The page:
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Control order obligations are tailored to the individual concerned and based on the risk that that individual poses. Each control order is kept under review to ensure that their continuance and obligations remain necessary and proportionate. Specifically, as the noble Lord, Lord Carlile, recommended in his February 2006 report on the operation of the control order system, the Home Office has established a review group, with representation from law enforcement and intelligence agencies, to keep the obligations in every control order under regular (quarterly), formal and audited review.
Breaches of control orders could arise from any obligation and could include arriving home after commencement of a curfew period or breaking geographical boundary restrictions on movement. As reported in the additional Statement of 16 January 2007, an individual charged with breach of control order obligations during the period covered by the 11 December 2006 quarterly report was convicted in January of failure to comply with daily reporting requirements and failure to notify the Home Office of a change of residence. He was sentenced to five months imprisonment. This is the first conviction for an offence under the 2005 Act.
Also as reported on 16 January, another individual has been charged with failure to comply with control order obligations and is on remand in prison. The charges relate to failure to comply with curfew requirements and failure to comply with restrictions on communications. The individual mentioned in the 11 December report as having been charged with failure to comply with a daily reporting requirement but not failure to notify the Home Office of a change of residence has, since 16 January, been charged with additional offences of failure to comply with a daily reporting requirement and failure to notify the Home Office of a change of residence.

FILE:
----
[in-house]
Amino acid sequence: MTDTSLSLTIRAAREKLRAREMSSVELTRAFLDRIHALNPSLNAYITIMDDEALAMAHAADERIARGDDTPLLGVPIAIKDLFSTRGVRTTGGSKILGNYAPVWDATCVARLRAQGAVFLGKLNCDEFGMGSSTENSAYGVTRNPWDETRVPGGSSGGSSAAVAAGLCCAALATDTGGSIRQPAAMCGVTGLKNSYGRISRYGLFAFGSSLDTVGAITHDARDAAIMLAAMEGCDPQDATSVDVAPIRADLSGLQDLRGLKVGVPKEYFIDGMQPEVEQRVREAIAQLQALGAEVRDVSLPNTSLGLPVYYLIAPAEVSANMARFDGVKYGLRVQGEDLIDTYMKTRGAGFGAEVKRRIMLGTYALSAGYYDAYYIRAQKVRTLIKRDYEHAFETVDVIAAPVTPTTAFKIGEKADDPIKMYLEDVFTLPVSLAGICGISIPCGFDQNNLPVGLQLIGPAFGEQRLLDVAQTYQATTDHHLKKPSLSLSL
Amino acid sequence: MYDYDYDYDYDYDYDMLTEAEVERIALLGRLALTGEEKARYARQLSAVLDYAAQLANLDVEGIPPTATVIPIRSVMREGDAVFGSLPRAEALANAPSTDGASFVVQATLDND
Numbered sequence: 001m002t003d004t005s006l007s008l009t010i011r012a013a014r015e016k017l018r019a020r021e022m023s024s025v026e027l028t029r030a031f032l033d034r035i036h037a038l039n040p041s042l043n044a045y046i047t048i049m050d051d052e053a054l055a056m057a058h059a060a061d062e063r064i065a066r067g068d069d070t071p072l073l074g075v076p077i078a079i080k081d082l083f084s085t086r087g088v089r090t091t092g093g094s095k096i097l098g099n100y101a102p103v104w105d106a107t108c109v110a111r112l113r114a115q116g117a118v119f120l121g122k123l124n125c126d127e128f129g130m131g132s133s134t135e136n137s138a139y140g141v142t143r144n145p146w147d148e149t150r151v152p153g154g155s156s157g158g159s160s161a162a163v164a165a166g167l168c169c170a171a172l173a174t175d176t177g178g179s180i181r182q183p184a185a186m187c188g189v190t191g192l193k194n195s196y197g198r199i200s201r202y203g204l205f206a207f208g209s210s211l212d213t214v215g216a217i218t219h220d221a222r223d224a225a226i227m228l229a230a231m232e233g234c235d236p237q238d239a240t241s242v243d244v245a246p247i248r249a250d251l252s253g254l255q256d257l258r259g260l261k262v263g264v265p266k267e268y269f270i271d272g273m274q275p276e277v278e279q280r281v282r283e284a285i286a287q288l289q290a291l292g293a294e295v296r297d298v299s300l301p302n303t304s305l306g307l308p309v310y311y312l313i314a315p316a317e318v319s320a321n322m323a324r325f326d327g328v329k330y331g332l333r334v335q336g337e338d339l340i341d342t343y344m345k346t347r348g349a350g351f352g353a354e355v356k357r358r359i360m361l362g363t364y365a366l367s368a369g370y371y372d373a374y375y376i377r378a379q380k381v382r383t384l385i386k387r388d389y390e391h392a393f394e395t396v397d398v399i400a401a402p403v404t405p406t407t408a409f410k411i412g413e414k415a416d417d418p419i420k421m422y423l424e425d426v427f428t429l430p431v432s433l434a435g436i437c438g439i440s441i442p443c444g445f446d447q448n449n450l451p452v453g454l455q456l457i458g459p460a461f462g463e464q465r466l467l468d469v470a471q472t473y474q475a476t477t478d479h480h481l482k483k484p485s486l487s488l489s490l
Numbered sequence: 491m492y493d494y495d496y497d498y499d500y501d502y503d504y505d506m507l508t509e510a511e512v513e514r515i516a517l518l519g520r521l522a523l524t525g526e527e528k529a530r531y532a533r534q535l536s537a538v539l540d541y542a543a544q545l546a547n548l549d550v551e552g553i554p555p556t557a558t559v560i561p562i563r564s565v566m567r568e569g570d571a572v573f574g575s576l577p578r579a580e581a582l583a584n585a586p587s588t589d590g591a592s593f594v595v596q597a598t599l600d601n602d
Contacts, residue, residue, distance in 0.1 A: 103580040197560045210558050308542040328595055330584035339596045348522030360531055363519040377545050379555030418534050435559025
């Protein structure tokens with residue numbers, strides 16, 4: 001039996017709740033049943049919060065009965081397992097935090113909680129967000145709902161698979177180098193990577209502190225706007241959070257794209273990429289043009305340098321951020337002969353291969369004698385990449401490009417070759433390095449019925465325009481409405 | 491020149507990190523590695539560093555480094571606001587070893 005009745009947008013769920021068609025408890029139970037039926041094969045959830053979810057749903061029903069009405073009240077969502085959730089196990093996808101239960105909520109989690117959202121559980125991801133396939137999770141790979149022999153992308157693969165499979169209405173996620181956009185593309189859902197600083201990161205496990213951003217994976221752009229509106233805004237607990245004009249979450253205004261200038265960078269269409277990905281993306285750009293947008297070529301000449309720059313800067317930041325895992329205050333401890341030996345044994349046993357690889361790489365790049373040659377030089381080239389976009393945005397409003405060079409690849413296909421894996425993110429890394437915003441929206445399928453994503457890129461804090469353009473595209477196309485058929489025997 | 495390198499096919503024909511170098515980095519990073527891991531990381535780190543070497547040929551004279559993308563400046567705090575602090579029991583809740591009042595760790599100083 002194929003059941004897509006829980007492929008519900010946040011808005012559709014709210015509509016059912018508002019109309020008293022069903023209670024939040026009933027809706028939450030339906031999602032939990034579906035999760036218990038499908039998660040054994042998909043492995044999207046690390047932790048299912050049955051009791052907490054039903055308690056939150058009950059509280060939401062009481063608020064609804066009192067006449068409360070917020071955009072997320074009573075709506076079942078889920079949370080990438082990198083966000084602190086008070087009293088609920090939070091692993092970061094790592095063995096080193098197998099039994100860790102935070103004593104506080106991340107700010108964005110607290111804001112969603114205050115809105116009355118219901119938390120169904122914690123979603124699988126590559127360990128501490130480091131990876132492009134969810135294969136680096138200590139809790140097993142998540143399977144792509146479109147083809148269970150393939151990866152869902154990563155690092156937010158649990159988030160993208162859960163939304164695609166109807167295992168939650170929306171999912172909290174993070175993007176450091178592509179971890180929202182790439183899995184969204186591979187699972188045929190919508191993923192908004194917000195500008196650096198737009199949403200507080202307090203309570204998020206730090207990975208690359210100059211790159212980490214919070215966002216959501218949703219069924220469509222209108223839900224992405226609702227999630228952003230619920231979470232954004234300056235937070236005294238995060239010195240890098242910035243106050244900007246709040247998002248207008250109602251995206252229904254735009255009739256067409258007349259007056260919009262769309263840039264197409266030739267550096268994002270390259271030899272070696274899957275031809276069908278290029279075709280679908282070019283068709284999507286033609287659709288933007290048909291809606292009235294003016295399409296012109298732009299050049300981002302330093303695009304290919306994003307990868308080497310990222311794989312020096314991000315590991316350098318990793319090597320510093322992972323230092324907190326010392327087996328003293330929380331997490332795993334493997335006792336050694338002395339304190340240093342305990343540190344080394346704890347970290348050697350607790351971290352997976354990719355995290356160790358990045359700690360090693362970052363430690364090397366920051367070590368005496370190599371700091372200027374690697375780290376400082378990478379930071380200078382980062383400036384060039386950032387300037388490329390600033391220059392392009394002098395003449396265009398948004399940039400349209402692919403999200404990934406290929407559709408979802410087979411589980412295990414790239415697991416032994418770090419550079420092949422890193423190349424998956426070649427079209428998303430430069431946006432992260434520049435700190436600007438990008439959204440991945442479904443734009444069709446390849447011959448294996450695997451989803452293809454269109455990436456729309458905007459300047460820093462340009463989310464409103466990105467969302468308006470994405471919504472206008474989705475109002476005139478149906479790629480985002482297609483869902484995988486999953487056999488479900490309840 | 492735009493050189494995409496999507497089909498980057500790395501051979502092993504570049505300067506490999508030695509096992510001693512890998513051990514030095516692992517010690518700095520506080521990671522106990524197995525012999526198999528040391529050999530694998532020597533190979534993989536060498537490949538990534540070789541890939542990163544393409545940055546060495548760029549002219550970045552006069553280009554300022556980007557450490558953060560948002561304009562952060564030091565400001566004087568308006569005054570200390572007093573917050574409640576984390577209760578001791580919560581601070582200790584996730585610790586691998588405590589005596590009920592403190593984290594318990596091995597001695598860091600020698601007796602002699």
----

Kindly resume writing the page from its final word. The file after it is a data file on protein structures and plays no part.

As Parliament will be aware, two of the 18 individuals subject to a control order absconded, one in September 2006 and one in January 2007. Details in relation to the January abscondment were given in the Statement of 16 January. Another individual absconded in August 2006 after a control order was made (i.e. signed) against that individual but before the order had been served. This order is therefore not in operation. I have been informed that the individual who absconded in August 2006 is believed to be abroad; the High Court has been notified of this. The individual in question has been excluded from the UK.
On 29 January, the Appeal Committee of the House of Lords confirmed that the House of Lords will hear two appeals against judgments handed down by the Court of Appeal on 1 August 2006 in respect of control orders. The Court of Appeal ruled in favour of the Secretary of State in one case (Secretary of State for the Home Department v MB  EWCA Civ 1140, an appeal in relation to Article 6 of the European Convention on Human Rights, on the right to a fair trial) and against the Secretary of State in the other case (Secretary of State for the
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Sections 1 to 9 of the 2005 Act are subject to annual renewal by Parliament. The draft renewal
22 Mar 2007 : Column WS102
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